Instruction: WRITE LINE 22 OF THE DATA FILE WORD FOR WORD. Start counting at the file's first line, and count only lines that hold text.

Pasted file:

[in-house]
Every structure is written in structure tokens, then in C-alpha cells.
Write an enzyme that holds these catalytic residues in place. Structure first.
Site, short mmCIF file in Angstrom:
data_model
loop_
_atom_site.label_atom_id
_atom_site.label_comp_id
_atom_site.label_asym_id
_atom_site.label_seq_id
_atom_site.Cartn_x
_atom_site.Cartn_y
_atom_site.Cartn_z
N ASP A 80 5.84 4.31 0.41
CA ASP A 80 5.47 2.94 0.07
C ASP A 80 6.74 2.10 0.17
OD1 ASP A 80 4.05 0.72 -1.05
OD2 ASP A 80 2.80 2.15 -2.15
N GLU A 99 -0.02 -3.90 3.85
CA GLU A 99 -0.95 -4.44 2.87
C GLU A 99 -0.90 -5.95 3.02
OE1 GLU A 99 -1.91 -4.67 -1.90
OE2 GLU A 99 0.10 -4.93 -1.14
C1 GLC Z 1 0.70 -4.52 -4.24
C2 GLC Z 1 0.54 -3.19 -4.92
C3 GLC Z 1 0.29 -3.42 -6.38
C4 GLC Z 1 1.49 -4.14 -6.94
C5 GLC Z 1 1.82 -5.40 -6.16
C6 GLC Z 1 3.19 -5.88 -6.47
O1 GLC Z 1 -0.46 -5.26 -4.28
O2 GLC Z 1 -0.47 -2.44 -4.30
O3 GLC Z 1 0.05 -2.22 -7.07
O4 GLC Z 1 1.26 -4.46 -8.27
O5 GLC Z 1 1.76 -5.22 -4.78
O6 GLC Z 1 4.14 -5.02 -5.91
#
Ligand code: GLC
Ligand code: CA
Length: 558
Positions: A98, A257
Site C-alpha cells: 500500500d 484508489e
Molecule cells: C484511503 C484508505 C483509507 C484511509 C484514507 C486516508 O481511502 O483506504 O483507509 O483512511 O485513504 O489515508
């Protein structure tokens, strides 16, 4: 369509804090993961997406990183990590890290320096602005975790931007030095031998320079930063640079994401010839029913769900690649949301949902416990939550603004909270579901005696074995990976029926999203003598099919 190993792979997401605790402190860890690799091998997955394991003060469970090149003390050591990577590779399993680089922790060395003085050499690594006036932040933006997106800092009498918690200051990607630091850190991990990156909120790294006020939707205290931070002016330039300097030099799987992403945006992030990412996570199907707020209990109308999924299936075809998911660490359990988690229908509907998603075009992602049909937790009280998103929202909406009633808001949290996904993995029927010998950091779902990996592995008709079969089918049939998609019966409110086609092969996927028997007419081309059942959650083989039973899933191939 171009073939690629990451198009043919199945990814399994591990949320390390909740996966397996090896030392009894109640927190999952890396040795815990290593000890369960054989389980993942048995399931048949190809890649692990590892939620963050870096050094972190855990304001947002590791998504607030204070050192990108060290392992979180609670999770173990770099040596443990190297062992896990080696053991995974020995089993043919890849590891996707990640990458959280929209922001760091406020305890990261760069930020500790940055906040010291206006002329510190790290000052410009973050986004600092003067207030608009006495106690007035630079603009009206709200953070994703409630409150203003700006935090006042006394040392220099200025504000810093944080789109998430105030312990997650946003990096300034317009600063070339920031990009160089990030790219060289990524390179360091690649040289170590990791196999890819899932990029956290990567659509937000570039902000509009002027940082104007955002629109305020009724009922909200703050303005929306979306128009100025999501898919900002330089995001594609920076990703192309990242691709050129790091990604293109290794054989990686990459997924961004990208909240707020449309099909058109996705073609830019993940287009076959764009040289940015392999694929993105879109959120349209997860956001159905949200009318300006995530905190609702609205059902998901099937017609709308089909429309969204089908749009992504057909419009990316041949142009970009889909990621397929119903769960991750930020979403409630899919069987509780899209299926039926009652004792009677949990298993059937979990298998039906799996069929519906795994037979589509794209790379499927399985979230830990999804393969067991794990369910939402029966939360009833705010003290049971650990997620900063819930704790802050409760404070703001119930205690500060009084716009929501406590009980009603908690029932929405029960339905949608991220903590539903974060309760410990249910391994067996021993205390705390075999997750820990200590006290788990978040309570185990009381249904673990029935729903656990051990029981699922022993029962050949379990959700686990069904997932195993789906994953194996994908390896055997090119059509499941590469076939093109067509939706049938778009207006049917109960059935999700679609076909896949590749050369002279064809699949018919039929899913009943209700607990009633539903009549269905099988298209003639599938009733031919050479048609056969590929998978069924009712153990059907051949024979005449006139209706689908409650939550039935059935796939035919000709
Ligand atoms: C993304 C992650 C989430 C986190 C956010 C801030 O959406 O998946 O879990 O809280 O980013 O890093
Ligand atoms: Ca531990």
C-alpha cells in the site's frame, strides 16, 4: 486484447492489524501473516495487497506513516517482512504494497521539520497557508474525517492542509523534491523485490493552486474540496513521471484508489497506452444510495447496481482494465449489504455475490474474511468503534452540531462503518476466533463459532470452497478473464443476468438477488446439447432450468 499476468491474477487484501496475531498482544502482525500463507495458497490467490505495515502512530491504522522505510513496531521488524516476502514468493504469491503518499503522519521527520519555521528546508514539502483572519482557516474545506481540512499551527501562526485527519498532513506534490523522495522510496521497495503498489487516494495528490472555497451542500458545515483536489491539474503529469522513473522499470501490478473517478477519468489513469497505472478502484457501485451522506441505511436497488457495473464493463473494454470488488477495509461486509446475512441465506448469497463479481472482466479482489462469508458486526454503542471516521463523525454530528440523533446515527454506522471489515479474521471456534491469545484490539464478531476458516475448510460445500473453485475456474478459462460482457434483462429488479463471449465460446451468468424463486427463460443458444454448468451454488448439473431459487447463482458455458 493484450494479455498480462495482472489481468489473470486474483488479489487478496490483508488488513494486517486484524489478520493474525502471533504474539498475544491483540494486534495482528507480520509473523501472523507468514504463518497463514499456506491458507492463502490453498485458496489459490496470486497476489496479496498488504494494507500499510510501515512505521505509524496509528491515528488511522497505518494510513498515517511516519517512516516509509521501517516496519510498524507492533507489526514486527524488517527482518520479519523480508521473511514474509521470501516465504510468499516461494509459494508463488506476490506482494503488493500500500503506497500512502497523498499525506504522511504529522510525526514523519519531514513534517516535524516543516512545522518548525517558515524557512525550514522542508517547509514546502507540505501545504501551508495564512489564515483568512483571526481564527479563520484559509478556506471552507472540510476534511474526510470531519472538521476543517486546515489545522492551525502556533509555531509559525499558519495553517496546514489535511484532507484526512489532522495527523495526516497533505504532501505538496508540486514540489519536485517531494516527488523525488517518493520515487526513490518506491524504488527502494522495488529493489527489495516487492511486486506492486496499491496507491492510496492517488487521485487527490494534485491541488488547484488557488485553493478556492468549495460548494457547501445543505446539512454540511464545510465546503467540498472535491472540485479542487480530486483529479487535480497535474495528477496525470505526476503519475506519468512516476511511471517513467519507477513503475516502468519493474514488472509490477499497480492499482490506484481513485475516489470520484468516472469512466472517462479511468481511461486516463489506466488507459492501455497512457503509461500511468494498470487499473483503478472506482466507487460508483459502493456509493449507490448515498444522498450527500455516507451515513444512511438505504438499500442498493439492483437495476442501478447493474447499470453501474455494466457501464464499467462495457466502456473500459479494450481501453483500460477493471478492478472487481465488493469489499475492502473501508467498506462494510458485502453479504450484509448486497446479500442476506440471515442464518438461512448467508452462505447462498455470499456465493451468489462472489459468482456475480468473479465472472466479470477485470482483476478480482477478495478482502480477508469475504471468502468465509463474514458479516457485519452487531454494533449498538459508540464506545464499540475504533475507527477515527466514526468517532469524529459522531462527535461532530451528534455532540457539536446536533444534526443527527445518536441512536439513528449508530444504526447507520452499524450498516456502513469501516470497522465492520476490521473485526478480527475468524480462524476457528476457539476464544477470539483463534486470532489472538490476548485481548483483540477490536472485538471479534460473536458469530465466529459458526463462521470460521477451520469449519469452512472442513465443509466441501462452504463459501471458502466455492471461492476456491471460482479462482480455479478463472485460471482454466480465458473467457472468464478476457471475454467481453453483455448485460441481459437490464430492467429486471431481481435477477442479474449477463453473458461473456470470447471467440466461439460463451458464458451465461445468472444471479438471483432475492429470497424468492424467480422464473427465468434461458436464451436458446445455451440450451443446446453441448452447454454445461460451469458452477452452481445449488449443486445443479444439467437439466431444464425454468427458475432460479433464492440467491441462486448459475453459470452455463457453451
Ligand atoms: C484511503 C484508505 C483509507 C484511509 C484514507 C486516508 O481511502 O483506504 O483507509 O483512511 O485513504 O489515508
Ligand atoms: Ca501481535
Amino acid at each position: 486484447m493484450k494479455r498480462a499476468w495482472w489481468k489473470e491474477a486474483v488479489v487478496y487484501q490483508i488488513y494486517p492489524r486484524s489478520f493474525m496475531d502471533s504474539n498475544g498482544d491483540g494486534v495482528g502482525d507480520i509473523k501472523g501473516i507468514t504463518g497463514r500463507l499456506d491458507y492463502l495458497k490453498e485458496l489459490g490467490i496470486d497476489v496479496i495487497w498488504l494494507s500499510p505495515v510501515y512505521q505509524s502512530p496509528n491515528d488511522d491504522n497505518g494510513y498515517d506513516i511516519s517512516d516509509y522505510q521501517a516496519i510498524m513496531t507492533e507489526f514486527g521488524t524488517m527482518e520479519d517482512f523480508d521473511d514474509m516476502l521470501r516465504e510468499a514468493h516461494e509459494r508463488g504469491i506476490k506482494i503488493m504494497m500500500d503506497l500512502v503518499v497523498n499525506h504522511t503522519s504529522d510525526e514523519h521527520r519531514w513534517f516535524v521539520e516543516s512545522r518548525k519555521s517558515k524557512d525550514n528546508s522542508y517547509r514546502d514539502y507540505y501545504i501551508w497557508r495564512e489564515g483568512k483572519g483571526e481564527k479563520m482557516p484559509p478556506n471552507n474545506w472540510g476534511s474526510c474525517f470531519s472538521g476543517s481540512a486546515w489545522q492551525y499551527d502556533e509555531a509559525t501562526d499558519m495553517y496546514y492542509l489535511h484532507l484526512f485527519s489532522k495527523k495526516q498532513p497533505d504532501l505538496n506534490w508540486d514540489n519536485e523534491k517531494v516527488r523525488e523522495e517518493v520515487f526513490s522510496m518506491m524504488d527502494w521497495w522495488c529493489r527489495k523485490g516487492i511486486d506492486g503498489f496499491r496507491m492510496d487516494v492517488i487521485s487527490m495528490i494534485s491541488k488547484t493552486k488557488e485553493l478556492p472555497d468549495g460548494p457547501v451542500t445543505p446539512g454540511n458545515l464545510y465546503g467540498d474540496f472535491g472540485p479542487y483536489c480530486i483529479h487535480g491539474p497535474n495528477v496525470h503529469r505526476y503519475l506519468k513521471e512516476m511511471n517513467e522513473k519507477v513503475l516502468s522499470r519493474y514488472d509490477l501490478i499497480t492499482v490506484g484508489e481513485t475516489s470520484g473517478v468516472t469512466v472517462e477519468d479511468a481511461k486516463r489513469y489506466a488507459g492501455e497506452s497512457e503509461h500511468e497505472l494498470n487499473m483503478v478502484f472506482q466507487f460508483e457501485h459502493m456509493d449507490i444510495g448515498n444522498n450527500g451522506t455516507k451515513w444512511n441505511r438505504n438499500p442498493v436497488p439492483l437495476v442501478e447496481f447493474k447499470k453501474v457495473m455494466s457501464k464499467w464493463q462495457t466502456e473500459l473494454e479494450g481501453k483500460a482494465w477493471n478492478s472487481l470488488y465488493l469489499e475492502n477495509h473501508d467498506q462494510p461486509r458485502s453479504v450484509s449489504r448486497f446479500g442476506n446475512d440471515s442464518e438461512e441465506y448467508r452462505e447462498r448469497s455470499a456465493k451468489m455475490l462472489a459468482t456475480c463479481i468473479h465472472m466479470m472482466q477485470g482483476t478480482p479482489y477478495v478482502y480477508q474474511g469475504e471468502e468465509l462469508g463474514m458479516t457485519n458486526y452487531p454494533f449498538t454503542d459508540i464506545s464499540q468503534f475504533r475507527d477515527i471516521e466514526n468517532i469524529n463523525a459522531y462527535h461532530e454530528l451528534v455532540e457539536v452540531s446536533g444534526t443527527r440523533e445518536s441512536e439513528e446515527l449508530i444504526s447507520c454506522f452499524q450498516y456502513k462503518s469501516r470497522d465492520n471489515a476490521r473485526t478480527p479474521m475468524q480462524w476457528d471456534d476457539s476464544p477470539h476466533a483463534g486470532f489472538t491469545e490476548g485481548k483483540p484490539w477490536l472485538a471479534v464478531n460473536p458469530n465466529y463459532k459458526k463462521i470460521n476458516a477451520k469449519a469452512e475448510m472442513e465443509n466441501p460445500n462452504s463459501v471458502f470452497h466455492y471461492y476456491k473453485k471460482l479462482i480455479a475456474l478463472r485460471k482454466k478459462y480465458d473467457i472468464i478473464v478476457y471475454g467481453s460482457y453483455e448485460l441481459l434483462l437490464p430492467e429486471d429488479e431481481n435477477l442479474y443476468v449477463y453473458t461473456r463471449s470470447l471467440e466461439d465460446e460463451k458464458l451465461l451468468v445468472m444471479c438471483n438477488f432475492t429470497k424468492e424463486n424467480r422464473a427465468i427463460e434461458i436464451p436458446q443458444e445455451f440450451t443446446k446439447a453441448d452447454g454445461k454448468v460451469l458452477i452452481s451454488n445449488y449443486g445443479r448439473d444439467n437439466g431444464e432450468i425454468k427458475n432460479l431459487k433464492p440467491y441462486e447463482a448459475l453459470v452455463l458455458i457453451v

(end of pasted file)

OE1 GLU A 99 -1.91 -4.67 -1.90